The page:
To find your true identity within the will of Tze Yo Tzuh...that is the highest of all freedoms.— Gene Luen Yang
The most spectacular Gene Luen Yang quotes that will add value to your life
It's easy to become anything you wish . . . so long as you're willing to forfeit your soul.
Zombies aren't about zombies. It's not about the dead bodies. I think it's a very hopeful subgenre. It says that regardless of what happens, humanity will get through it. We'll figure out a way to survive.
In the '40s and '50s, a lot of teachers and librarians saw the graphic novel as the enemy of reading.
My best teachers, the teachers who had the deepest effect on my reading, combined the two. They would mix required reading with reading where you had some choice, you had some autonomy. There's a place for both. A good teacher will know how to find that balance.
I think reading has got so many more enemies now that graphic novels have kind of flipped over to that side.
Wait." "So what am I supposed to do now?" "You know, Jin, I would have saved myself from five hundred years' imprisonment beneath a mountain of rock had I only realized how good it is to be a monkey." (222-223)
I was always a slow reader, from the very beginning.
I remember in first grade our teacher divided us into groups, and I was definitely in the slow group. She didn't call it that, but everybody in the class knew. But I still loved reading. Being a slow reader affected my grades in school, but it didn't affect my love for reading. I still loved going to the library, and I still loved reading books.
What is China but a people and their stories?
Building a habit of reading leads to all sorts of reading.
Sometimes, a fight you cannot win is still worth fighting.
If you look at our world, we're becoming so much more diverse in every sense of the word. It's not just about culture or identity. It's also about the different ways we communicate.
As somebody who's kind of a technophile, I'm interested in how traditional and digital publishing connect. Maybe ten years ago they were seen as antagonists, but now they complement each other. There's data that shows digital sales actually drive print sales. And even the ways in which pictures and words, text and image, interact - we're seeing these books that are very hard to categorize. All of that is very exciting to me.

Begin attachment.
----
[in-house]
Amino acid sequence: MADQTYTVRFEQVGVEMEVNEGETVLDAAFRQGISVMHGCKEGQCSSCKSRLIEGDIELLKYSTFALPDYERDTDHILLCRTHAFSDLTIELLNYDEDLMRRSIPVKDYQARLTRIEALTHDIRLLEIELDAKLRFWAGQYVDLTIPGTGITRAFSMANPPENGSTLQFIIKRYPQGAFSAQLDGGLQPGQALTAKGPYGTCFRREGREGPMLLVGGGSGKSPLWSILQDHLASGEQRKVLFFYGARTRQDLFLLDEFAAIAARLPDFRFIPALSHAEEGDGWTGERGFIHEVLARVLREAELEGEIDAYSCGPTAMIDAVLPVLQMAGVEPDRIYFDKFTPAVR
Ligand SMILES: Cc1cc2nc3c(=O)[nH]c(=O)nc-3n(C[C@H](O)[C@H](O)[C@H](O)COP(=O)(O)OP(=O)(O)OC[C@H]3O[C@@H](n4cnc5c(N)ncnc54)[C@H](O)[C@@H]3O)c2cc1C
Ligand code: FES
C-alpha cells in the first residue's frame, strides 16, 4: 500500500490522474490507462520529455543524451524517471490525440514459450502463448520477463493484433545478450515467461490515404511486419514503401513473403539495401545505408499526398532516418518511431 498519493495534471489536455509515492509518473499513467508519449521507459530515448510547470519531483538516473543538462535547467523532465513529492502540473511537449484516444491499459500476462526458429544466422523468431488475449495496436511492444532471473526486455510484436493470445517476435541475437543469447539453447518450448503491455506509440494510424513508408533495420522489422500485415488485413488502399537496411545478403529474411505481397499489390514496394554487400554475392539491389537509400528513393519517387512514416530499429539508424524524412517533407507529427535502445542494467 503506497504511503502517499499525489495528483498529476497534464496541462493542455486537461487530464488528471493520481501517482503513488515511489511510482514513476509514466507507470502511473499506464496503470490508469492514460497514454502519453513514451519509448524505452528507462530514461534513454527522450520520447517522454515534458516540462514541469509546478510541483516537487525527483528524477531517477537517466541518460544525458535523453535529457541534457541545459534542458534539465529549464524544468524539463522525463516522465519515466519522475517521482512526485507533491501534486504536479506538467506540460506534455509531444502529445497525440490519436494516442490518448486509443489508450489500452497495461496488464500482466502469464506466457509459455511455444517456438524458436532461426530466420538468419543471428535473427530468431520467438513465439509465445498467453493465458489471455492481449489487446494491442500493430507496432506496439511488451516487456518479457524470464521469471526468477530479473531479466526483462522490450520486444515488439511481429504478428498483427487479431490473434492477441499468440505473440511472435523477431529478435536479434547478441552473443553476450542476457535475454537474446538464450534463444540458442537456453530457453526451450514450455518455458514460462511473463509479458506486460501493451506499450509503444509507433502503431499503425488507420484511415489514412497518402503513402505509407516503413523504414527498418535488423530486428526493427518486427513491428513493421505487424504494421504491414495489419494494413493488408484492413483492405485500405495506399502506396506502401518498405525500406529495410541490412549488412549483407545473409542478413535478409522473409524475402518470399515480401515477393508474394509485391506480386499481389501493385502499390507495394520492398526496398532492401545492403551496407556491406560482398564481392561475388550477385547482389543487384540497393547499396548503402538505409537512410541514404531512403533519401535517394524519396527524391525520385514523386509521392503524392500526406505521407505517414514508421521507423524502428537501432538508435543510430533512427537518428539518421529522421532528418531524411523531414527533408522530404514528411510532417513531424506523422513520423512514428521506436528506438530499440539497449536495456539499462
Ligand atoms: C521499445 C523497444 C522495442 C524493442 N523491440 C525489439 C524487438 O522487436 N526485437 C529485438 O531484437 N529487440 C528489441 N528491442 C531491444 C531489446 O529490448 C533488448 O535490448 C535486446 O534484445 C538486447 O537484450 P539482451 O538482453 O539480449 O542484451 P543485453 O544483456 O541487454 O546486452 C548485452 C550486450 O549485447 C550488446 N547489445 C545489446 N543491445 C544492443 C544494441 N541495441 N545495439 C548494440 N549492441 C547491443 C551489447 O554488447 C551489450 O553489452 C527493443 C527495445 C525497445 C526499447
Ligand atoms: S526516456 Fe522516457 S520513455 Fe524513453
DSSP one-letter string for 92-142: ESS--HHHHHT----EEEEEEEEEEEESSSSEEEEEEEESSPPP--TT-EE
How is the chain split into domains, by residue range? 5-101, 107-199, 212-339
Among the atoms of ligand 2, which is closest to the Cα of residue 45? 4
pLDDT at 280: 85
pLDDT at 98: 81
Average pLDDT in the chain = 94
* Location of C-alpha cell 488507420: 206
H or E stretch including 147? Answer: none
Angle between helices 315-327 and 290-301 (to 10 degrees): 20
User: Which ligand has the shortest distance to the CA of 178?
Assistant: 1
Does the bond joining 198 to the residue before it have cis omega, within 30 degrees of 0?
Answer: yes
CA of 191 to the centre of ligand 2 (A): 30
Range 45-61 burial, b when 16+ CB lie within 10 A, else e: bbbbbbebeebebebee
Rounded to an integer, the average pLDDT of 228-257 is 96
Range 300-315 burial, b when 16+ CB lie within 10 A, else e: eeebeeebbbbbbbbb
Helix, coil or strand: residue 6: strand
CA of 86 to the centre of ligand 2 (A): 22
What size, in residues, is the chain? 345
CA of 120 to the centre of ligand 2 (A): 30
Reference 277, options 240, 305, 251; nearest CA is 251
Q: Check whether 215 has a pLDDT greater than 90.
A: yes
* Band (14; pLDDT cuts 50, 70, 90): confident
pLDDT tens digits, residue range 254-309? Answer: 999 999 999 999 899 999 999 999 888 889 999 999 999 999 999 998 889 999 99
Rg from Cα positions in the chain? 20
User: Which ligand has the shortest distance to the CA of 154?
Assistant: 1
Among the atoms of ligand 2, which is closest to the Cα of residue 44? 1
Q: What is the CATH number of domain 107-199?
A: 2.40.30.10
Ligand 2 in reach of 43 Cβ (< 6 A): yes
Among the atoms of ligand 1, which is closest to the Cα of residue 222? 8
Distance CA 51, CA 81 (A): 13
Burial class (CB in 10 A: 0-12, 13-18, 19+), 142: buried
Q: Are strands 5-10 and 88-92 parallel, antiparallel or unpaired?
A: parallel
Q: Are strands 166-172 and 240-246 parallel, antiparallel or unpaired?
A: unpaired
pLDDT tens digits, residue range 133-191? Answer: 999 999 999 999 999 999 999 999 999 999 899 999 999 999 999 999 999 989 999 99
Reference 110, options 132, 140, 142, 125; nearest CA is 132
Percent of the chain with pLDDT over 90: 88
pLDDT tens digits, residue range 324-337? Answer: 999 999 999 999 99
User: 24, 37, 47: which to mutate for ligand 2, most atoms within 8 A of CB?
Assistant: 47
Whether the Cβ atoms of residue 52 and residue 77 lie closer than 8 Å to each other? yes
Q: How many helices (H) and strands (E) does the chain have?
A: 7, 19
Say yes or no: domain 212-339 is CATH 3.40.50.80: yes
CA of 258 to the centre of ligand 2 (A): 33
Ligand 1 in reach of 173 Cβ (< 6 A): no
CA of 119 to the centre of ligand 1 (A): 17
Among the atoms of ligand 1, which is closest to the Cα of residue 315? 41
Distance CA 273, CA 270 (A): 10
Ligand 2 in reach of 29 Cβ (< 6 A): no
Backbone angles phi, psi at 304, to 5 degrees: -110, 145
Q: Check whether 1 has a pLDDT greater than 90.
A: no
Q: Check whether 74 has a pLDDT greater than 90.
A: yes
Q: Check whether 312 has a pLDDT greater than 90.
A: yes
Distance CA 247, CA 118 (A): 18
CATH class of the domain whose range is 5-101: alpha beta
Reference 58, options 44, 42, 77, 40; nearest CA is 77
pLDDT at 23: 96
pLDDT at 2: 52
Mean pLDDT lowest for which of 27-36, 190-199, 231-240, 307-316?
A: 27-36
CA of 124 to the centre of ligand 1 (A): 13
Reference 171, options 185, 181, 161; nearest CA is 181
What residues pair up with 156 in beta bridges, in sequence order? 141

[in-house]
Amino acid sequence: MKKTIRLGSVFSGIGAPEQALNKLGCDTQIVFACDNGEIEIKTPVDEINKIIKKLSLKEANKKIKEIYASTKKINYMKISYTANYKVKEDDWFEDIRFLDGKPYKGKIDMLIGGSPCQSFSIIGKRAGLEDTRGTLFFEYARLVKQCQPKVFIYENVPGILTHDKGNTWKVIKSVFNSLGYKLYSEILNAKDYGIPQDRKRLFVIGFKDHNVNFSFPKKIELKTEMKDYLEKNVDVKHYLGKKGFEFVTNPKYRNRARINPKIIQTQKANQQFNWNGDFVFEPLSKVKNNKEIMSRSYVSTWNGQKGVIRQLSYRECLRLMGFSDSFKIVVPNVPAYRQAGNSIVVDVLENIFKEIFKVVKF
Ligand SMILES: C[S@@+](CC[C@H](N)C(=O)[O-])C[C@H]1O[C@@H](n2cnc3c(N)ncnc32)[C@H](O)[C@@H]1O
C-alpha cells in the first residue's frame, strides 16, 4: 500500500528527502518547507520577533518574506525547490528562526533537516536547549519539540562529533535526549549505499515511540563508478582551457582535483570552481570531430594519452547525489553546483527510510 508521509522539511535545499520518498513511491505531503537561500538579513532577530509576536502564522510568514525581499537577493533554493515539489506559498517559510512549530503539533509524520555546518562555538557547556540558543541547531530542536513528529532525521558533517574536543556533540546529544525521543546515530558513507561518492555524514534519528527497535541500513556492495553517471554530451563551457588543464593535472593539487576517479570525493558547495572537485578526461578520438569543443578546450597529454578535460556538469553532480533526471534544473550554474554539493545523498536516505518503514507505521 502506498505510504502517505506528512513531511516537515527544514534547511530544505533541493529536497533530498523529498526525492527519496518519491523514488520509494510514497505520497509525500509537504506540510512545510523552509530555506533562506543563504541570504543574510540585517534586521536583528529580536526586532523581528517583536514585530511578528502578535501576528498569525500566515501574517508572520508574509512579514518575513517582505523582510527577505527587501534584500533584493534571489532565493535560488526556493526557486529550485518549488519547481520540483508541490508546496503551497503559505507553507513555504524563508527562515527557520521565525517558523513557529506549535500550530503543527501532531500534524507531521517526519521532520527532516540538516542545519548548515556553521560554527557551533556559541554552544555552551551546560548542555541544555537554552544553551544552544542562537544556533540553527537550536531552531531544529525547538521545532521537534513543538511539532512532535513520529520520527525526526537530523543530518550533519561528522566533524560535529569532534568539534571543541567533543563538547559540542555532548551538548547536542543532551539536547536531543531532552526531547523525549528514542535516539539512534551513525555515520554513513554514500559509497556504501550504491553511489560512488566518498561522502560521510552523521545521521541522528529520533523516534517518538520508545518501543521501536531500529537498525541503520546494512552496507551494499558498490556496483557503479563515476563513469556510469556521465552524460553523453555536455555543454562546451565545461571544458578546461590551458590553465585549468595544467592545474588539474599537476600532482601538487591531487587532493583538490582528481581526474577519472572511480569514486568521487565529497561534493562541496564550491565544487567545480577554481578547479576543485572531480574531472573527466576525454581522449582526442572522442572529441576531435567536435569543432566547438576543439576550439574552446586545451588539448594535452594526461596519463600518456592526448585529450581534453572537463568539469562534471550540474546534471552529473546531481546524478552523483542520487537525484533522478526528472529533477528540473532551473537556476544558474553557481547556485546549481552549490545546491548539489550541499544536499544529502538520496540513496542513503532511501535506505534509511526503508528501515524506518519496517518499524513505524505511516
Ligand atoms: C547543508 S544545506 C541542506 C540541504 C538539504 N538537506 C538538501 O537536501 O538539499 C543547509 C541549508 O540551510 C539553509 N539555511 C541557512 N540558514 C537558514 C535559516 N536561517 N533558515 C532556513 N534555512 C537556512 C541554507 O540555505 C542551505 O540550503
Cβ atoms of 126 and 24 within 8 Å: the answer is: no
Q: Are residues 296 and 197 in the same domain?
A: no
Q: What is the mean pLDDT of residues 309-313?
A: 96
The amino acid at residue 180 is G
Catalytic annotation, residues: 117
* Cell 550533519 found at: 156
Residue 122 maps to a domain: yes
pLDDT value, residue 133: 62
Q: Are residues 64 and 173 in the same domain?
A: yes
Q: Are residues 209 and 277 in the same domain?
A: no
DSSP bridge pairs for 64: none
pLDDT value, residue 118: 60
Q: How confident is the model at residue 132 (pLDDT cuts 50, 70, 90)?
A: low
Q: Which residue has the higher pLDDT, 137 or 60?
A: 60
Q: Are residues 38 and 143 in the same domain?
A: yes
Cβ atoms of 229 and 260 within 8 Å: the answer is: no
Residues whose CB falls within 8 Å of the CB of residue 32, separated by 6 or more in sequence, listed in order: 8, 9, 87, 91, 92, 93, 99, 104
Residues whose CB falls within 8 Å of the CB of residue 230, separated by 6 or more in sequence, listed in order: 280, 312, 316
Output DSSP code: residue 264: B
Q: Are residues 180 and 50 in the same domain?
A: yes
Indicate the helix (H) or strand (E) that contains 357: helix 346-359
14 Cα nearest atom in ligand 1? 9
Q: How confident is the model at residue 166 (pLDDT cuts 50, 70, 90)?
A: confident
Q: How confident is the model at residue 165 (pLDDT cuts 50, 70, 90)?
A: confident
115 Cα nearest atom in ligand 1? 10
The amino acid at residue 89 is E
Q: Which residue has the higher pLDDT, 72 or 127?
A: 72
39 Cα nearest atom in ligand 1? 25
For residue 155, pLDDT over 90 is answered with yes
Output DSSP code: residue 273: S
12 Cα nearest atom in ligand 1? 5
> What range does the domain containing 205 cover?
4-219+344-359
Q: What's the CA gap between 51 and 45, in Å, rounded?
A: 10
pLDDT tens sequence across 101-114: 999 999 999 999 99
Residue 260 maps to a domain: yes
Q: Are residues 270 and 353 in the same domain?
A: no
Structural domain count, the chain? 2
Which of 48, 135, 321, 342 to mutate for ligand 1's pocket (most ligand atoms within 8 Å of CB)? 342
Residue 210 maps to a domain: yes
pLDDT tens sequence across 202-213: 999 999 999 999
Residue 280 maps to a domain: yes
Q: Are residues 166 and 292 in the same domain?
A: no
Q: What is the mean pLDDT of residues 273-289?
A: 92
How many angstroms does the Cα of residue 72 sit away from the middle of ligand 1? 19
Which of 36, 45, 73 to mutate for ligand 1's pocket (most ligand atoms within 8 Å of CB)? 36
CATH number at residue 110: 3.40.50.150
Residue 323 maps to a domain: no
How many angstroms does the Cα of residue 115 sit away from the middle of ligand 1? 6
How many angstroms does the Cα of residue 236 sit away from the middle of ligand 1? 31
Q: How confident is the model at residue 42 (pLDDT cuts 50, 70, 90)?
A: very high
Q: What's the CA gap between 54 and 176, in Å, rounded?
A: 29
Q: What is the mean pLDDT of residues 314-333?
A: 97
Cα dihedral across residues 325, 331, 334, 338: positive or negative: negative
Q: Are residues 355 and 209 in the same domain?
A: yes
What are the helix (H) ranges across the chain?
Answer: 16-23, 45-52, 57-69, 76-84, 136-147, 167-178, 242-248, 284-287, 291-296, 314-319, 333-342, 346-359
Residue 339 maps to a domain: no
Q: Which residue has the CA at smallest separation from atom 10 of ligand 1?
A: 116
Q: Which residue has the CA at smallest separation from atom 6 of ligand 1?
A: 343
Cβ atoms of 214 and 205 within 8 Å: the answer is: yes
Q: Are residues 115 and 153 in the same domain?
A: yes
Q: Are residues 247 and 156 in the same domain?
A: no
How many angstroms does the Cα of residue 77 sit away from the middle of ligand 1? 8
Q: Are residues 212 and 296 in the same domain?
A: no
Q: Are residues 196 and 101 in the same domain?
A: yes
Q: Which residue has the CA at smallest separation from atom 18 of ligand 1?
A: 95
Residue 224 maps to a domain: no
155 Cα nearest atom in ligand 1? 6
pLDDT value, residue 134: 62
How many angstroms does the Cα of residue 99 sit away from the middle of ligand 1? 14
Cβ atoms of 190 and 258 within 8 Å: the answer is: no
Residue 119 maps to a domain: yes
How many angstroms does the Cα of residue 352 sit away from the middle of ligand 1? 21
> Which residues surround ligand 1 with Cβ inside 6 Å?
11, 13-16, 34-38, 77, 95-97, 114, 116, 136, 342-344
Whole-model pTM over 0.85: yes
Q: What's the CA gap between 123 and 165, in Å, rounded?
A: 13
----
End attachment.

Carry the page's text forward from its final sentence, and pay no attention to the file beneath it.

I think a lot of us who are in books now were nervous children.
I liked interacting with students. I liked having coworkers. For a long time, I was really worried that sitting at home by myself in front of a computer was going to make me crazy.
At the very core of what a comic is, time and space are kind of the same thing.
When your reader moves her eyes across the page, she should be moving through time in your story.
One of the ways [racism] pops up is when they turn a comic into a live-action movie and there's this temptation to make Asian characters white.
Coming from the world of comics, I was very surprised that writers and illustrators, for the most part, don't talk, and they don't collaborate.
I find that nowadays it's just gotten harder for me to read for fun.
It feels like all of my reading is research-based.
Superheroes are also about immigrants.
Superman, the prototype of all superheroes, is a prototypical immigrant. His homeland was in crisis, so his parents sent him to America in search of a better life. He has two names, one American, Clark Kent, and the other foreign, Kal-El. He wears two sets of clothes and lives in between two cultures. He loves his new country, but a part of him still longs for his old one.